A column revisited, an era remembered

Note: It has been 10 years since the Vietnam Traveling Tribute was last in Union Township – in 2003. At that time, I was a reporter for the Community Press and was asked by my editor to write a column from a “historical” point of view. While jokingly offended, I set to work to write the column that I recreate here, with the permission of the Community Press.

Last weekend, we finally brought our boys home.

That's what I felt as I watched streams of people search the names on the Vietnam Memorial Traveling Wall that was on display in Veterans' Memorial Park in Union Township.

I think it's difficult to reflect on the Vietnam War and its relevance without considering the cultural revolution that exploded at the same time.

I came of age during the height of the war and I was an ardent conservative.

My belief that we should be there was unwavering. By virtue of that fact, the revolution that was taking place on college campuses alarmed me: The sit-ins, the marches, the vociferous opposition to the war. It was so prevalent, so in-your-face. Just as I surrounded myself with friends of similar philosophies, the “other side” had done the same, and I silently condemned them for their sheep-like tendencies and undisciplined ways.

Where was the patriotism? It seemed the whole country had run amok.

And our boys, tens of thousands of them, were coming home in physical and mental pieces at best, and body bags at worst. Or, some of them didn't come home at all.

The blind patriotism I had was not an option for them. They were given numbers, and the balance of their lives hung on those numbers.

I think of the families who gave up these boys. I cannot imagine the heartache that clouded their good-byes as they sent their kids off to war, even as their smiles tried to show hope and support. From that moment on, I think, their lives must have moved in slow motion, each moment a Herculean effort to prepare for the news.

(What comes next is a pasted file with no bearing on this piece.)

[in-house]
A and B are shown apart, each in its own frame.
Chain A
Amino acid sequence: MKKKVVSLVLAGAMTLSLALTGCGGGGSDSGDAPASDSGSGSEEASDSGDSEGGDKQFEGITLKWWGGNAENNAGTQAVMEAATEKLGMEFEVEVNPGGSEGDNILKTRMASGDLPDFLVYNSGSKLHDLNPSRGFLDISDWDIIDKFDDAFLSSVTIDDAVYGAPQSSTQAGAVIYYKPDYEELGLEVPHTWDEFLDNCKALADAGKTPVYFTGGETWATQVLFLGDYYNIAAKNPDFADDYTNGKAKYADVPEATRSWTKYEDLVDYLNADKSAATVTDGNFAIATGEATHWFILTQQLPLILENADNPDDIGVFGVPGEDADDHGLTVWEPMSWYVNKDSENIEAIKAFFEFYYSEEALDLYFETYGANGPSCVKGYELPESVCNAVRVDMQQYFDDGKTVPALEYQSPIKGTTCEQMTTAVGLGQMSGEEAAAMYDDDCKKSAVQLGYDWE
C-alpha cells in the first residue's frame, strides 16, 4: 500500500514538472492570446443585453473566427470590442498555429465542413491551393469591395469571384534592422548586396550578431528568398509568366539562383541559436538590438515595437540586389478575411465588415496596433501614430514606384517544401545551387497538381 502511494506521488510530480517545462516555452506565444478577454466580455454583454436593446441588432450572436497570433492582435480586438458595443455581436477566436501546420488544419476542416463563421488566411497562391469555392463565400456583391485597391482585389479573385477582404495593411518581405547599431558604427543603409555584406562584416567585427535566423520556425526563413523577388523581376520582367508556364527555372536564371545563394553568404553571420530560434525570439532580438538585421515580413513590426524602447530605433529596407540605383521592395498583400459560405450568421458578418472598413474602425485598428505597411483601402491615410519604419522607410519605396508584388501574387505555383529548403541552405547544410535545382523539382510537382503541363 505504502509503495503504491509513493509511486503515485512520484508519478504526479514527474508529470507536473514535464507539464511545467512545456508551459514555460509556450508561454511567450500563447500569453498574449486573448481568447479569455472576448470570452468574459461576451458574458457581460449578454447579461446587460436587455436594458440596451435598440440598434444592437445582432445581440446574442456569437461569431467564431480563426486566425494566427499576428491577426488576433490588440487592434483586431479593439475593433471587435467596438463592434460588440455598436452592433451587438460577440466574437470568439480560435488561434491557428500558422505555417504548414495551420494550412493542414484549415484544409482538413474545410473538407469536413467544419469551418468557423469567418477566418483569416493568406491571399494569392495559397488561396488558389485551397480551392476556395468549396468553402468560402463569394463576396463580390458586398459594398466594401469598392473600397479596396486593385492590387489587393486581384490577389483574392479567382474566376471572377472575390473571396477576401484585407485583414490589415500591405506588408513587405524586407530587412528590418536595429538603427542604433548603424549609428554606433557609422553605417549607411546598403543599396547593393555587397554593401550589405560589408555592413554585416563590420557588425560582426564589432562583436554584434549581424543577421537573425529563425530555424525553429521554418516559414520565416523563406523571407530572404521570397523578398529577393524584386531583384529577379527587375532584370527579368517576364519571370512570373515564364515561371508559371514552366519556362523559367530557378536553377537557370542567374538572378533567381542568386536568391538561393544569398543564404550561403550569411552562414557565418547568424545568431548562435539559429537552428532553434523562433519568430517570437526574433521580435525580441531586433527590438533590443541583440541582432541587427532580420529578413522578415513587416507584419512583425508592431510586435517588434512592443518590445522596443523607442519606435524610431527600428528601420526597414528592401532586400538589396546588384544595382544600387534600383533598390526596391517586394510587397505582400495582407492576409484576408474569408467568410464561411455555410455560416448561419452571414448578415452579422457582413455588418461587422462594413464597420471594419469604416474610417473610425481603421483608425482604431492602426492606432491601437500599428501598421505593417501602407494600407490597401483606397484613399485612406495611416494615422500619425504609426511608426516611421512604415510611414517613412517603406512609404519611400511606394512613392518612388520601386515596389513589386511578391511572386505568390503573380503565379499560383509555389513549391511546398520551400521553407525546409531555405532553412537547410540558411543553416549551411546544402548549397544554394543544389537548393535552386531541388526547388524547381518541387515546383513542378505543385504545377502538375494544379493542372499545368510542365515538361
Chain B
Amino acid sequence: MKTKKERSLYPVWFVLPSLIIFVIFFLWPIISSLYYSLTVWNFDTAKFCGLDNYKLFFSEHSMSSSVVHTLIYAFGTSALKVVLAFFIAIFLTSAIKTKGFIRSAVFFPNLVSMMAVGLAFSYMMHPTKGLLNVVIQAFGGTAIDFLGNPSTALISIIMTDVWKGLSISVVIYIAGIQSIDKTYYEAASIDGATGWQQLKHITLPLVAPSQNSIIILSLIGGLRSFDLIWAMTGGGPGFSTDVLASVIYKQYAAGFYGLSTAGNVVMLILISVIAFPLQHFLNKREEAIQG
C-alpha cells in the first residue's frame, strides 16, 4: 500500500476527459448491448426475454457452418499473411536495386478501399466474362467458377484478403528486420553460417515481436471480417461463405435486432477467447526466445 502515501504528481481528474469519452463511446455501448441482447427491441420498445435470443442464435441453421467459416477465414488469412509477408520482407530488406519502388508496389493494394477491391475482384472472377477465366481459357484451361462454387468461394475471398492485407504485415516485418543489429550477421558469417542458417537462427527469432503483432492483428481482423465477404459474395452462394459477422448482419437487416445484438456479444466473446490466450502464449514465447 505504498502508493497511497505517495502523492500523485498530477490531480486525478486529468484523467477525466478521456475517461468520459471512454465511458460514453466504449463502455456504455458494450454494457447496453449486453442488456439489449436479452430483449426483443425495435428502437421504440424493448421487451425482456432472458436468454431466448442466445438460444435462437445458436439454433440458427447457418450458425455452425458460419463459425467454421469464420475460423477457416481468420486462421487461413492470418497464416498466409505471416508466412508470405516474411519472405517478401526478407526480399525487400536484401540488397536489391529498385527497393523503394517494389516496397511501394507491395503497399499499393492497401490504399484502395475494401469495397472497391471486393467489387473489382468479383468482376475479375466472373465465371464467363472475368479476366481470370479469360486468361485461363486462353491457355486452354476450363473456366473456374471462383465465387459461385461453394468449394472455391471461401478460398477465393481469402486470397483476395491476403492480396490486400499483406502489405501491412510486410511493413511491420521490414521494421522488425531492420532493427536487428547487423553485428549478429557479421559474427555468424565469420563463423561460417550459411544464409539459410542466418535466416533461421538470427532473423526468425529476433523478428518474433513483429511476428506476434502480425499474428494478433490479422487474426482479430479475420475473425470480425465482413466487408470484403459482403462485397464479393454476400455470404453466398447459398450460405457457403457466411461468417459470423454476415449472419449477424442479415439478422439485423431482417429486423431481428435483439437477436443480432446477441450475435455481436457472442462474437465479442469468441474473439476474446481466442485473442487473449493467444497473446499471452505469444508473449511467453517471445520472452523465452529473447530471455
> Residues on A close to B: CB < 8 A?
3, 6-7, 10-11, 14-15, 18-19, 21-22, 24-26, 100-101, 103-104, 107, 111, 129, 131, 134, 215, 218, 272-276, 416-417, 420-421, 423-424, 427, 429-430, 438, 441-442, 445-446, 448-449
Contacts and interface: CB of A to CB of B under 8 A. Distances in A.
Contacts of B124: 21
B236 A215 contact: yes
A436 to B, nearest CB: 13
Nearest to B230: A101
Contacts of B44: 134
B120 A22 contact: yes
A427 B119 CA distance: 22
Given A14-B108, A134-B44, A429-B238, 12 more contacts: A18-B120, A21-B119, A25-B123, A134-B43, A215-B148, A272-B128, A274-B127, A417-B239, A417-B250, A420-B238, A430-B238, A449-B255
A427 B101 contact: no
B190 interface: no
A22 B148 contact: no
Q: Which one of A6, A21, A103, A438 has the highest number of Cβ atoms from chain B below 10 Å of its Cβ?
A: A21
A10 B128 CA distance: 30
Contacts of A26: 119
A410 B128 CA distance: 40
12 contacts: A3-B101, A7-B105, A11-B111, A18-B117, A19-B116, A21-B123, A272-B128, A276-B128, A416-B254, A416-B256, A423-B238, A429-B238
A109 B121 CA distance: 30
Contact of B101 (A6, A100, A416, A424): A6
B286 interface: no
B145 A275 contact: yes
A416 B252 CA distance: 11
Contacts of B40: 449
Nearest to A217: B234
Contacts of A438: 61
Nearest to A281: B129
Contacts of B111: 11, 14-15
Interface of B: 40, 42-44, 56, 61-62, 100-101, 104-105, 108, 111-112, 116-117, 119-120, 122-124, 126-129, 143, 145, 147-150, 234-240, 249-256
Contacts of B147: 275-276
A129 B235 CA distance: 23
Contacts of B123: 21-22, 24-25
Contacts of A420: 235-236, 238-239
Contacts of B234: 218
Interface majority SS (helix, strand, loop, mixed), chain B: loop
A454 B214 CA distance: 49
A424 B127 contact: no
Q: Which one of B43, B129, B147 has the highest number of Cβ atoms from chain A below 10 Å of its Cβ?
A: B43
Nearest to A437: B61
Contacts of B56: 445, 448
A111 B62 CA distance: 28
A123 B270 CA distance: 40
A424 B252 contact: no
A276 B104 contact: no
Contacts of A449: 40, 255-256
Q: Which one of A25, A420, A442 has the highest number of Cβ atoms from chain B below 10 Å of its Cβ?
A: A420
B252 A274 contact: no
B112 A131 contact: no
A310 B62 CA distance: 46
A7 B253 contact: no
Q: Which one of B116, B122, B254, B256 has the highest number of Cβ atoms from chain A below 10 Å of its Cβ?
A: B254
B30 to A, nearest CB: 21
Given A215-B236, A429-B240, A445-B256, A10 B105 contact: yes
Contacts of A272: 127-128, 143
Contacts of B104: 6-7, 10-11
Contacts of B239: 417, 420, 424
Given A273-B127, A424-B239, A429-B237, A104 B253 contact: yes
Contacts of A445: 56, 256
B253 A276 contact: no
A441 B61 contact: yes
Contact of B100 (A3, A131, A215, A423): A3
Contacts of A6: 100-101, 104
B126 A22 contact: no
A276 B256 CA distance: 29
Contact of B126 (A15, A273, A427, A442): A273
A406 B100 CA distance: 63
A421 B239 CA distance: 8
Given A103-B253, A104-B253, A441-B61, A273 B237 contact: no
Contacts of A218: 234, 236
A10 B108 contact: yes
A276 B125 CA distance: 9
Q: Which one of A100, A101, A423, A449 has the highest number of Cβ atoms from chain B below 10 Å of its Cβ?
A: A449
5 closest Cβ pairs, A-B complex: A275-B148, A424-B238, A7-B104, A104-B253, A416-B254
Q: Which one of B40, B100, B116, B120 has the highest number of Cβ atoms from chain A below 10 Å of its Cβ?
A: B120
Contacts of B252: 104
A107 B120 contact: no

And what awaited our soldiers upon their return home? A country torn apart by opposing theories. To me, the veterans had every right to feel anything they felt – from defiant pride to boiling anger. In their losses, they had earned that right. They had fought their fight on real ground, while those of us here were in a safe house those guys helped build.

I've had some years to contemplate the devastation that war wrought. I've spoken to veterans of that war, and I am humbled in their presence. They have met with profound experiences I can only glimpse in word and still pictures.

In a way, the protesters displayed a sort of patriotism that I would not fully understand for many years. They fought to participate in their country's decisions and even in their own, and in the end, their voices were heard.

Even so, I cannot help feel we all sent others to do the dirty work.

Two doors down from me, the American flag is flown from a tall pole right smack dab in the middle of the front yard. Flanking its foot is a small plaque, dedicated to the son of the family who lives there. That soldier was cut down at age 20, shortly after he arrived in Vietnam.

The family is no doubt proud of the ultimate sacrifice their son made, of the powerful courage he must have had to face the possibility of his impending death while still a boy.

Yet, almost always, when I drive by and look at that flag, I think to myself – surely they still grieve.

We all do.

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